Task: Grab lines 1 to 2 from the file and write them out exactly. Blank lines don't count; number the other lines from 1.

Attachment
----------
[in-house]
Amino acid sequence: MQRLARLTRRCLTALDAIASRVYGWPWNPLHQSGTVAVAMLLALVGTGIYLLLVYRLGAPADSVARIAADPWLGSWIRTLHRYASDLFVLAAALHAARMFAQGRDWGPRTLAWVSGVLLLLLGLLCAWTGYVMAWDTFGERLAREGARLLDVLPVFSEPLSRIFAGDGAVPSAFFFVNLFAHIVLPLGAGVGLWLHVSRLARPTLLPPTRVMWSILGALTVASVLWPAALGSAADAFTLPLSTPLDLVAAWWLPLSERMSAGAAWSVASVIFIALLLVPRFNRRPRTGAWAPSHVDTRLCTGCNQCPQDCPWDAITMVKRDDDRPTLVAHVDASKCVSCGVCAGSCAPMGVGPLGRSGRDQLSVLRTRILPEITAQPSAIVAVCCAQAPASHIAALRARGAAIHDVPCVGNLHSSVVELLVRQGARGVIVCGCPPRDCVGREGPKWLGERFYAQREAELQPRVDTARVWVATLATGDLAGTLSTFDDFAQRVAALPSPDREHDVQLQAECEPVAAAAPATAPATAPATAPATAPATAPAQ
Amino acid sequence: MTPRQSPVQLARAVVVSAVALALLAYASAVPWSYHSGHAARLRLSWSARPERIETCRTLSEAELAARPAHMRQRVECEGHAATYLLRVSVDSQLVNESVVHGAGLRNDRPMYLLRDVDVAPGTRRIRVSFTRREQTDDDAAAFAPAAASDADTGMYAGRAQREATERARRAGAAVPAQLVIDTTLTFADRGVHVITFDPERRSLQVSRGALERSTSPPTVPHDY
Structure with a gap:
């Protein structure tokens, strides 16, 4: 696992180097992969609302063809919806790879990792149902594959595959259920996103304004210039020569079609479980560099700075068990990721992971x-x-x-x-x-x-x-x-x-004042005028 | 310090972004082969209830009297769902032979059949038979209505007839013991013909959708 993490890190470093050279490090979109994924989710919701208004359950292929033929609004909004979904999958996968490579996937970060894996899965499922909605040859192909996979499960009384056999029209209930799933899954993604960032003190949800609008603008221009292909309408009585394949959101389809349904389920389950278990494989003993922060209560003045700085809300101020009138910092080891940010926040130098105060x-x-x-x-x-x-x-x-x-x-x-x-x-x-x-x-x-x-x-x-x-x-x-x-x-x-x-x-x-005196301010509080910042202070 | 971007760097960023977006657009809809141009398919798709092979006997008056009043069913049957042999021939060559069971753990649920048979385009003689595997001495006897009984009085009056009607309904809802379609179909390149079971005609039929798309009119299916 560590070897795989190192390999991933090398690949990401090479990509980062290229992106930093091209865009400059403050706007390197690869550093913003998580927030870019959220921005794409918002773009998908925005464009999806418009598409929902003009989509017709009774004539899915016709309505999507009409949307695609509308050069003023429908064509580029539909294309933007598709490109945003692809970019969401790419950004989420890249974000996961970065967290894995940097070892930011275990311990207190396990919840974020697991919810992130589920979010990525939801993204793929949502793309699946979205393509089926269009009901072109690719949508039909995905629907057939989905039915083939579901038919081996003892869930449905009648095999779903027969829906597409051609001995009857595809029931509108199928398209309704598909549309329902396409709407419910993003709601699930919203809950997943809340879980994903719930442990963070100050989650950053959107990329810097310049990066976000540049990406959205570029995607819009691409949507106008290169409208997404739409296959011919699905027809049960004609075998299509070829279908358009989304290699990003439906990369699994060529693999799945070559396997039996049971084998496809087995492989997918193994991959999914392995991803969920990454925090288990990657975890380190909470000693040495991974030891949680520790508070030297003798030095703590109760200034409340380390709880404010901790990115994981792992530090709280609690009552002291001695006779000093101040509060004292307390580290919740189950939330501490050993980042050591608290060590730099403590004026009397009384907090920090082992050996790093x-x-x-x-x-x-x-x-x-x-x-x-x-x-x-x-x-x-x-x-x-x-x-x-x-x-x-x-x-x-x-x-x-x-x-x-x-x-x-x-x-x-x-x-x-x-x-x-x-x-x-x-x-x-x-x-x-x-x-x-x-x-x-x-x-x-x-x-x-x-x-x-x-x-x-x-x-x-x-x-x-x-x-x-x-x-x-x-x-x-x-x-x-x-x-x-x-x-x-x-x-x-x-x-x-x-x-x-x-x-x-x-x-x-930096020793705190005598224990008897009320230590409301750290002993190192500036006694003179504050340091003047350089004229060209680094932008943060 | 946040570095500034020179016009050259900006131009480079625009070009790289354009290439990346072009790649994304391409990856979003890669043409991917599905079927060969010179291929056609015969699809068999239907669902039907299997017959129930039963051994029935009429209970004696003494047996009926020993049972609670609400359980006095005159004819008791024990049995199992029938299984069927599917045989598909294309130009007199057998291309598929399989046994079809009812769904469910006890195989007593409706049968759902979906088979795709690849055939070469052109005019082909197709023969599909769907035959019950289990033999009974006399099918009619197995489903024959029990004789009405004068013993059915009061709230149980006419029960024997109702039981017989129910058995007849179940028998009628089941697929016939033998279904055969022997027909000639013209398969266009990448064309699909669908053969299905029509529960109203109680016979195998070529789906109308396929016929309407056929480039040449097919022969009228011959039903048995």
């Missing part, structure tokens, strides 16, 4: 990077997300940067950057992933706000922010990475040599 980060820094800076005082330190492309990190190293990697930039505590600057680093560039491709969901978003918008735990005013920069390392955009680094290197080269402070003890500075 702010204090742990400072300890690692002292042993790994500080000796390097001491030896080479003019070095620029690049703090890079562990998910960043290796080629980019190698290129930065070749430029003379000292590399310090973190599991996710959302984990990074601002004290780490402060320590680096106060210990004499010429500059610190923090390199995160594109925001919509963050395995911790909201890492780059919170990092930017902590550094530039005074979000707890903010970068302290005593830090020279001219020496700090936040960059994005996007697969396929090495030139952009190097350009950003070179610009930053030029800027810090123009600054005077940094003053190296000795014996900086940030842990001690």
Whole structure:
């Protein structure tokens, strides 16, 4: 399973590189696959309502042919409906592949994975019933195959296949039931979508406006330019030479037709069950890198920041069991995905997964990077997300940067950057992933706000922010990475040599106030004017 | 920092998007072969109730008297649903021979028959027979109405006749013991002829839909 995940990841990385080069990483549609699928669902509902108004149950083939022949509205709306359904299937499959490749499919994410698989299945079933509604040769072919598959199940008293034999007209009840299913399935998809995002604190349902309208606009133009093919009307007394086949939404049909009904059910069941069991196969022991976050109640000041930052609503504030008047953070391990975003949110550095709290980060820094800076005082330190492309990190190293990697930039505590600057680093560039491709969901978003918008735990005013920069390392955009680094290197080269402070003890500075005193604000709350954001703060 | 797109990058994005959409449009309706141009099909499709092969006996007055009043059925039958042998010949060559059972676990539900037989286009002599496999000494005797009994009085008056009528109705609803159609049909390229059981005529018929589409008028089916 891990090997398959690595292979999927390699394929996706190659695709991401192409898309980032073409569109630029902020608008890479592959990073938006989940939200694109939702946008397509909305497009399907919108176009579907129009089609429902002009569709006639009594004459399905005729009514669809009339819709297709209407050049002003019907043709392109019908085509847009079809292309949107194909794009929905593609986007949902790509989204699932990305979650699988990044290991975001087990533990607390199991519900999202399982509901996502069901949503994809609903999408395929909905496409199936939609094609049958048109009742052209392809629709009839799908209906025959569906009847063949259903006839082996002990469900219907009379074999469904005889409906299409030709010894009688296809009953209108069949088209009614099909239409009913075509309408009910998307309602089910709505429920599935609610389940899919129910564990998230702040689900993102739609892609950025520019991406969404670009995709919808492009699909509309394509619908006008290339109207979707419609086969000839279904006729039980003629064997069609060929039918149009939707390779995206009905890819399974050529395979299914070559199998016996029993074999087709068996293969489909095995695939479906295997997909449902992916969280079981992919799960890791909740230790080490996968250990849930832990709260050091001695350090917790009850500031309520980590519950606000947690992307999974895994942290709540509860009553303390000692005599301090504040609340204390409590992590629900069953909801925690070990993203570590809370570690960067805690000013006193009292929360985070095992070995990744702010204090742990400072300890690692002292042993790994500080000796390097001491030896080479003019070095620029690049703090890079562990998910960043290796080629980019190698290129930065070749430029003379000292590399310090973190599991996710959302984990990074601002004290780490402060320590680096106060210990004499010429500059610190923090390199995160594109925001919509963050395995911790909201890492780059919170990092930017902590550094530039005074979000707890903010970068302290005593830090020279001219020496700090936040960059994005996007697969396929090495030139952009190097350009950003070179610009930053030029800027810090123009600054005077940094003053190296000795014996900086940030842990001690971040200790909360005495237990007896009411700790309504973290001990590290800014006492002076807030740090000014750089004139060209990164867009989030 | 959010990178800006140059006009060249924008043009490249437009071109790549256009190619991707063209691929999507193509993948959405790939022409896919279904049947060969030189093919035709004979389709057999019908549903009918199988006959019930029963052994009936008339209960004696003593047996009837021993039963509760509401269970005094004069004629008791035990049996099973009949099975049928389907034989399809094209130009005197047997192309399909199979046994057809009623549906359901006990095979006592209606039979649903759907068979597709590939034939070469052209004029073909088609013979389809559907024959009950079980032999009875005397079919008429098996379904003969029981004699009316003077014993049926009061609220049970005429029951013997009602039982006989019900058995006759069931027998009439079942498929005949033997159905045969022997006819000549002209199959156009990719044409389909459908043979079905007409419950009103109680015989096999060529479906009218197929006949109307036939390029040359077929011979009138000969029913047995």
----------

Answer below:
[in-house]
Amino acid sequence: MQRLARLTRRCLTALDAIASRVYGWPWNPLHQSGTVAVAMLLALVGTGIYLLLVYRLGAPADSVARIAADPWLGSWIRTLHRYASDLFVLAAALHAARMFAQGRDWGPRTLAWVSGVLLLLLGLLCAWTGYVMAWDTFGERLAREGARLLDVLPVFSEPLSRIFAGDGAVPSAFFFVNLFAHIVLPLGAGVGLWLHVSRLARPTLLPPTRVMWSILGALTVASVLWPAALGSAADAFTLPLSTPLDLVAAWWLPLSERMSAGAAWSVASVIFIALLLVPRFNRRPRTGAWAPSHVDTRLCTGCNQCPQDCPWDAITMVKRDDDRPTLVAHVDASKCVSCGVCAGSCAPMGVGPLGRSGRDQLSVLRTRILPEITAQPSAIVAVCCAQAPASHIAALRARGAAIHDVPCVGNLHSSVVELLVRQGARGVIVCGCPPRDCVGREGPKWLGERFYAQREAELQPRVDTARVWVATLATGDLAGTLSTFDDFAQRVAALPSPDREHDVQLQAECEPVAAAAPATAPATAPATAPATAPATAPAQ